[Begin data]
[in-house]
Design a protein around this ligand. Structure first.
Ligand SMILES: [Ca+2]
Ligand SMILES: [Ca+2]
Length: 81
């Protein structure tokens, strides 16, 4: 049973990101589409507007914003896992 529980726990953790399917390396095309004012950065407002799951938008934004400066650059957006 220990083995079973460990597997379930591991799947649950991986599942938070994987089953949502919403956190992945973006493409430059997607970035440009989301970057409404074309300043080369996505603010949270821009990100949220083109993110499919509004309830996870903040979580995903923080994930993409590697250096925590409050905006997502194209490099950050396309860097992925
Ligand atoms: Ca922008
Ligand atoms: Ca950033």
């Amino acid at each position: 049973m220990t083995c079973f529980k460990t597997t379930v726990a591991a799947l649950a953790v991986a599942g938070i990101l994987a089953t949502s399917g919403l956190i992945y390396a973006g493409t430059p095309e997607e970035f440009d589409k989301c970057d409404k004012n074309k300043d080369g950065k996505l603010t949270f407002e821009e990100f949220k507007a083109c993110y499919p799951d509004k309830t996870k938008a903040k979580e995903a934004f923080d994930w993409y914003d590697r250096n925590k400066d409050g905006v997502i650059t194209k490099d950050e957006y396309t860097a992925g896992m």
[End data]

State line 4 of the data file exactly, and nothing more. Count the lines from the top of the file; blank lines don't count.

Ligand SMILES: [Ca+2]